Skip to main content

surface tension

surface tension Symbol γ. The property of a liquid that makes it behave as if its surface is enclosed in an elastic skin. The property results from intermolecular forces: a molecule in the interior of a liquid experiences a force of attraction from other molecules equally from all sides, whereas a molecule at the surface is only attracted by molecules below it in the liquid. The surface tension is defined as the force acting over the surface per unit length of surface perpendicular to the force. It is measured in newtons per metre. It can equally be defined as the energy required to increase the surface area by one square metre, i.e. it can be measured in joules per metre squared (which is equivalent to N m–1).

The surface tension of water is very strong, due to the intermolecular hydrogen bonding, and is responsible for the formation of drops, bubbles, and meniscuses (the curved surfaces of columns of liquid), as well as the rise of water in a capillary tube (capillarity), the absorption of liquids by porous substances, and the ability of liquids to wet a surface. Capillarity is very important in plants as it contributes to the transport of water, against gravity, within the plant.

Cite this article
Pick a style below, and copy the text for your bibliography.

  • MLA
  • Chicago
  • APA

"surface tension." A Dictionary of Biology. . Encyclopedia.com. 25 Mar. 2017 <http://www.encyclopedia.com>.

"surface tension." A Dictionary of Biology. . Encyclopedia.com. (March 25, 2017). http://www.encyclopedia.com/science/dictionaries-thesauruses-pictures-and-press-releases/surface-tension-0

"surface tension." A Dictionary of Biology. . Retrieved March 25, 2017 from Encyclopedia.com: http://www.encyclopedia.com/science/dictionaries-thesauruses-pictures-and-press-releases/surface-tension-0

surface tension

surface tension, tendency of liquids to reduce their exposed surface to the smallest possible area. A drop of water, for example, tends to assume the shape of a sphere. The phenomenon is attributed to cohesion, the attractive forces acting between the molecules of the liquid (see adhesion and cohesion). The molecules within the liquid are attracted equally from all sides, but those near the surface experience unequal attractions and thus are drawn toward the center of the liquid mass by this net force. The surface then appears to act like an extremely thin membrane, and the small volume of water that makes up a drop assumes the shape of a sphere, held constant when an equilibrium between the internal pressure and that due to surface tension is reached. Because of surface tension, various small insects are able to skate across the surface of a pond, objects of greater density than water can be made to float, and molten lead when dropped into a cool liquid forms suddenly into shot. See capillarity.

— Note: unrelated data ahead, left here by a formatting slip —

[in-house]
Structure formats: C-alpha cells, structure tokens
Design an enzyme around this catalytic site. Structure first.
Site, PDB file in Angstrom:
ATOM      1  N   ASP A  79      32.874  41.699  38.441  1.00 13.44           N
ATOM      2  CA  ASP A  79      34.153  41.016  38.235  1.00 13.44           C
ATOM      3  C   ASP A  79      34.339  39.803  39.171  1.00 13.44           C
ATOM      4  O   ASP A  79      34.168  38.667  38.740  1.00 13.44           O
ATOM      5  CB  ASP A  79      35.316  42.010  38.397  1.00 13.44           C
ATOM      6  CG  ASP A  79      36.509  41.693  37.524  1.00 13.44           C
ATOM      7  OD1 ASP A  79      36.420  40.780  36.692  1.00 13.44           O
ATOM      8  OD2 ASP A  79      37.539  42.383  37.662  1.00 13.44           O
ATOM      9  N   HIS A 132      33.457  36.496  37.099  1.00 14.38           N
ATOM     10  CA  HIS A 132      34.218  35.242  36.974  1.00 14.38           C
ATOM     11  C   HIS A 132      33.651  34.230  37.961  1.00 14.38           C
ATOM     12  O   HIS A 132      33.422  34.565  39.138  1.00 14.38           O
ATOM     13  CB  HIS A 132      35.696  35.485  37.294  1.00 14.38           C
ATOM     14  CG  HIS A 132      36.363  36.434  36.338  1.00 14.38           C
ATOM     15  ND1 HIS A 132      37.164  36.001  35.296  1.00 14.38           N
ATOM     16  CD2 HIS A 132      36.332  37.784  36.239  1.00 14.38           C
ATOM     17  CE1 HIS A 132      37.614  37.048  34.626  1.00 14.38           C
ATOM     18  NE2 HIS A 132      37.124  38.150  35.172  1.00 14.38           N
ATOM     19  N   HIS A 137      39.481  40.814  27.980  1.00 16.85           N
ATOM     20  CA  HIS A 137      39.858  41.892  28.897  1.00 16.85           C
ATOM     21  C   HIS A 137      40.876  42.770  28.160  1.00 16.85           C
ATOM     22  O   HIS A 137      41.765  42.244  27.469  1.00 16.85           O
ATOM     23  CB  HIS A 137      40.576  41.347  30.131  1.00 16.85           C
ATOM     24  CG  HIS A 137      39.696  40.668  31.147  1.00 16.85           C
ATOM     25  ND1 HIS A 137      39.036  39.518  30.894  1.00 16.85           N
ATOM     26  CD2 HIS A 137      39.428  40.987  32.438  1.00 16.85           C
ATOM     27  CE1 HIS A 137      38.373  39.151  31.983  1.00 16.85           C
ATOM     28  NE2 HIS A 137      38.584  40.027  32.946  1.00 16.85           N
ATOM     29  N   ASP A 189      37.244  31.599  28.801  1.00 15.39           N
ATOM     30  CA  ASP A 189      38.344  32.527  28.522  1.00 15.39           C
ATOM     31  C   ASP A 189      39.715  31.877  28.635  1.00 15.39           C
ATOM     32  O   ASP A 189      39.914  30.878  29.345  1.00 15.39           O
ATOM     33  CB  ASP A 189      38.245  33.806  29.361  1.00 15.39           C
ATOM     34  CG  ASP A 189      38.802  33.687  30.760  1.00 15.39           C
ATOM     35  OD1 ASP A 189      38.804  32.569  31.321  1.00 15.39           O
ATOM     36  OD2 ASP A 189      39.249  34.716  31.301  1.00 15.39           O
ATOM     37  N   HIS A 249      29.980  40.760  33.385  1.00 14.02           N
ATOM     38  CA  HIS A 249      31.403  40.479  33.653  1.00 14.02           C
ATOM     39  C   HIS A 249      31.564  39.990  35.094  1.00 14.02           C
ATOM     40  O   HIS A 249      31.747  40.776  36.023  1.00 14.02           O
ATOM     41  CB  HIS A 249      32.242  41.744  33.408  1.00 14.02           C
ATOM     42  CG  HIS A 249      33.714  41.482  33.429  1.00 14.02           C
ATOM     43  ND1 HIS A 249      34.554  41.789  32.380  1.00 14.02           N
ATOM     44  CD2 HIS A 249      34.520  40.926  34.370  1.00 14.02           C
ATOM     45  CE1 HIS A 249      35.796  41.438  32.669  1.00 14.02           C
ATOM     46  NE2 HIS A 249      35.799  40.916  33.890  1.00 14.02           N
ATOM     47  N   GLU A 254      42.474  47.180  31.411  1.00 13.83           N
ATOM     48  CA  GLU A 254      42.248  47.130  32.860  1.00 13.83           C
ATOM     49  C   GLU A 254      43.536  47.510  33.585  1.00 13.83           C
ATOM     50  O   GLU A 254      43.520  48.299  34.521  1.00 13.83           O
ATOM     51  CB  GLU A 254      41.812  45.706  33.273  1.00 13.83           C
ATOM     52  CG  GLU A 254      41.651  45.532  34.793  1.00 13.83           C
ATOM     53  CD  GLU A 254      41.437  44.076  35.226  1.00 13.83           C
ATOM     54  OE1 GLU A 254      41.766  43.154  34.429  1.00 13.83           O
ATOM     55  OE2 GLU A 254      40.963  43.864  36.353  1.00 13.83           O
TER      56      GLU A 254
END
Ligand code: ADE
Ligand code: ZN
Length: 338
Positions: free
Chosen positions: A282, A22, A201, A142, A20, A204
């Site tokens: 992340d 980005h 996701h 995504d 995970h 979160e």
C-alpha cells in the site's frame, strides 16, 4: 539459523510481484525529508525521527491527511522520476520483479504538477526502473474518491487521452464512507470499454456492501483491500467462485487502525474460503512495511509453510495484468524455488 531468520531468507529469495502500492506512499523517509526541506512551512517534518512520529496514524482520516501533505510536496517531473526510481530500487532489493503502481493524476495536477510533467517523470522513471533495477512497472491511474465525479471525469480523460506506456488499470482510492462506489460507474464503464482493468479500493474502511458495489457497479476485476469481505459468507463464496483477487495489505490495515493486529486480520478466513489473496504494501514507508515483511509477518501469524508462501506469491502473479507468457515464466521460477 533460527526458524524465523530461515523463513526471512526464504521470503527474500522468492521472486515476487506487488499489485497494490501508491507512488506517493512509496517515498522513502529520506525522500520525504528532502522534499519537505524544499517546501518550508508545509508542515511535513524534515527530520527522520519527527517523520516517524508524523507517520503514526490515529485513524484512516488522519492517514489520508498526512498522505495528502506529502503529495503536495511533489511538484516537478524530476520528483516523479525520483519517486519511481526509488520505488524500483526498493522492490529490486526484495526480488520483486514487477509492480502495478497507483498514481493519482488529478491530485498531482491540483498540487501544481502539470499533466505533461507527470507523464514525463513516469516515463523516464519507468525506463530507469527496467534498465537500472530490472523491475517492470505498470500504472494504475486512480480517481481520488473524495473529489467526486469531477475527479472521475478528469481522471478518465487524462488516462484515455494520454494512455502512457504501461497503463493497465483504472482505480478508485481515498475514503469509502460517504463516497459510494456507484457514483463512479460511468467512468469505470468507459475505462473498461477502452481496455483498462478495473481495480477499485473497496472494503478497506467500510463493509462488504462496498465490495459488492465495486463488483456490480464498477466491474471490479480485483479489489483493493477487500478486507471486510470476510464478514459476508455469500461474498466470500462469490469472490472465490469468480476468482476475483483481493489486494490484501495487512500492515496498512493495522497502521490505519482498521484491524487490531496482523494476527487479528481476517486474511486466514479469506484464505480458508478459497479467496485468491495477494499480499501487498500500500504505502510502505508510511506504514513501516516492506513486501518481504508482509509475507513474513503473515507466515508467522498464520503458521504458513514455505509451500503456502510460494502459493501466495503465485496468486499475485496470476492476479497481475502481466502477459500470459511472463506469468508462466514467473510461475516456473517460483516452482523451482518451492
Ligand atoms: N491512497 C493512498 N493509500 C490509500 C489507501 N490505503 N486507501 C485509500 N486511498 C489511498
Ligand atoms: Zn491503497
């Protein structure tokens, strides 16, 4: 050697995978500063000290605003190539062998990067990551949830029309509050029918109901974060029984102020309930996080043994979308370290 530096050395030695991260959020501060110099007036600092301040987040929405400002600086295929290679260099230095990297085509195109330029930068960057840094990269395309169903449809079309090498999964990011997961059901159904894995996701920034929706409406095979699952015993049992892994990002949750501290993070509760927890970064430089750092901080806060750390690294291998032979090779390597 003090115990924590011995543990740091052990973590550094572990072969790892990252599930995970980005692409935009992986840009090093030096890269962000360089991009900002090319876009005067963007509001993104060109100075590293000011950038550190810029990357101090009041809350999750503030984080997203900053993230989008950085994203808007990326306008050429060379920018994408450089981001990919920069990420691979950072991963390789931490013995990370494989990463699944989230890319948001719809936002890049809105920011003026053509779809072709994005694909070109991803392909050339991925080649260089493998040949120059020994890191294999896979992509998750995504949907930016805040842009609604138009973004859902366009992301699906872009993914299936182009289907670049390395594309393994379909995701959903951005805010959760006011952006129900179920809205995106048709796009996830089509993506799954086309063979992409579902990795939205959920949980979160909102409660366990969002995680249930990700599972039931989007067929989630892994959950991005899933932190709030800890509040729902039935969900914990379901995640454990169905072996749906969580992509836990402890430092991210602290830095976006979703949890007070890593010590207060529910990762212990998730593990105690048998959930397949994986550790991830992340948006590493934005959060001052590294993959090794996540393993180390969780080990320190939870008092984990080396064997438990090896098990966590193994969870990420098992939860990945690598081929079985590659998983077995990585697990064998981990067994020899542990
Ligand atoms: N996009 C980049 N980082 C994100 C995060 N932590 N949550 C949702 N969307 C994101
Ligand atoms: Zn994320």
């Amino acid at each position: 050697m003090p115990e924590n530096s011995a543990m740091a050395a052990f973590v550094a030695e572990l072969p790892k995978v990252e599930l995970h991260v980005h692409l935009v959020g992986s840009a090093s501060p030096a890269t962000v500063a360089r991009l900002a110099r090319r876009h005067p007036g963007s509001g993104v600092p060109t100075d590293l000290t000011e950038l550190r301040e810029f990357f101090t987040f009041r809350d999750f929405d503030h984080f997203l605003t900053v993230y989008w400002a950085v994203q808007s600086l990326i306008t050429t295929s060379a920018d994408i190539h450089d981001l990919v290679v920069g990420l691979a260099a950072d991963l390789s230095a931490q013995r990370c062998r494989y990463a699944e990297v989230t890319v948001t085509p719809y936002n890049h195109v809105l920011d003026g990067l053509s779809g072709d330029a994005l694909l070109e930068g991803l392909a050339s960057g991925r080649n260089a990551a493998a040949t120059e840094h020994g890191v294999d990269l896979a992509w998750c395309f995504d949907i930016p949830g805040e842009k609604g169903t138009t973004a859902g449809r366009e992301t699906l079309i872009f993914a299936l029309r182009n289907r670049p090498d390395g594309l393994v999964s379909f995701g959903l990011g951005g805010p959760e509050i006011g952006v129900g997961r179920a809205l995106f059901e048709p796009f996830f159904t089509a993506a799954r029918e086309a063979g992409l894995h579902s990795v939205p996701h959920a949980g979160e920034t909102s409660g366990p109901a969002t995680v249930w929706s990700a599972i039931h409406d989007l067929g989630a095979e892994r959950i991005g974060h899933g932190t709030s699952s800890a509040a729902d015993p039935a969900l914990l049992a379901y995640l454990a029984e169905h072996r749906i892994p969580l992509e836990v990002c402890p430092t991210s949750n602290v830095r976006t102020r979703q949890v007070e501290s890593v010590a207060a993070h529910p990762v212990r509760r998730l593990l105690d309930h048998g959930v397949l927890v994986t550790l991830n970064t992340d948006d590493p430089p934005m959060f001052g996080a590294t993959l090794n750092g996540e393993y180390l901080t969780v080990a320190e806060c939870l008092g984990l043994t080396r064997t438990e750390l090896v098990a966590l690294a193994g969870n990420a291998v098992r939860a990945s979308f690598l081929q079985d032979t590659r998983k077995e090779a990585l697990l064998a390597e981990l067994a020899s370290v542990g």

Cite this article
Pick a style below, and copy the text for your bibliography.

  • MLA
  • Chicago
  • APA

"surface tension." The Columbia Encyclopedia, 6th ed.. . Encyclopedia.com. 25 Mar. 2017 <http://www.encyclopedia.com>.

"surface tension." The Columbia Encyclopedia, 6th ed.. . Encyclopedia.com. (March 25, 2017). http://www.encyclopedia.com/reference/encyclopedias-almanacs-transcripts-and-maps/surface-tension

"surface tension." The Columbia Encyclopedia, 6th ed.. . Retrieved March 25, 2017 from Encyclopedia.com: http://www.encyclopedia.com/reference/encyclopedias-almanacs-transcripts-and-maps/surface-tension

surface tension

surface tension (γ) Fluid surfaces may take on the behaviour of a stretched elastic membrane as a result of the tendency of a liquid surface to contract. The surface tension of a liquid is given as the tension across a unit length of the fluid surface. Surface tension is temperature-dependent and is closely associated with capillarity.

Cite this article
Pick a style below, and copy the text for your bibliography.

  • MLA
  • Chicago
  • APA

"surface tension." A Dictionary of Earth Sciences. . Encyclopedia.com. 25 Mar. 2017 <http://www.encyclopedia.com>.

"surface tension." A Dictionary of Earth Sciences. . Encyclopedia.com. (March 25, 2017). http://www.encyclopedia.com/science/dictionaries-thesauruses-pictures-and-press-releases/surface-tension

"surface tension." A Dictionary of Earth Sciences. . Retrieved March 25, 2017 from Encyclopedia.com: http://www.encyclopedia.com/science/dictionaries-thesauruses-pictures-and-press-releases/surface-tension

surface tension

sur·face ten·sion • n. the tension of the surface film of a liquid caused by the attraction of the particles in the surface layer by the bulk of the liquid, which tends to minimize surface area.

Cite this article
Pick a style below, and copy the text for your bibliography.

  • MLA
  • Chicago
  • APA

"surface tension." The Oxford Pocket Dictionary of Current English. . Encyclopedia.com. 25 Mar. 2017 <http://www.encyclopedia.com>.

"surface tension." The Oxford Pocket Dictionary of Current English. . Encyclopedia.com. (March 25, 2017). http://www.encyclopedia.com/humanities/dictionaries-thesauruses-pictures-and-press-releases/surface-tension

"surface tension." The Oxford Pocket Dictionary of Current English. . Retrieved March 25, 2017 from Encyclopedia.com: http://www.encyclopedia.com/humanities/dictionaries-thesauruses-pictures-and-press-releases/surface-tension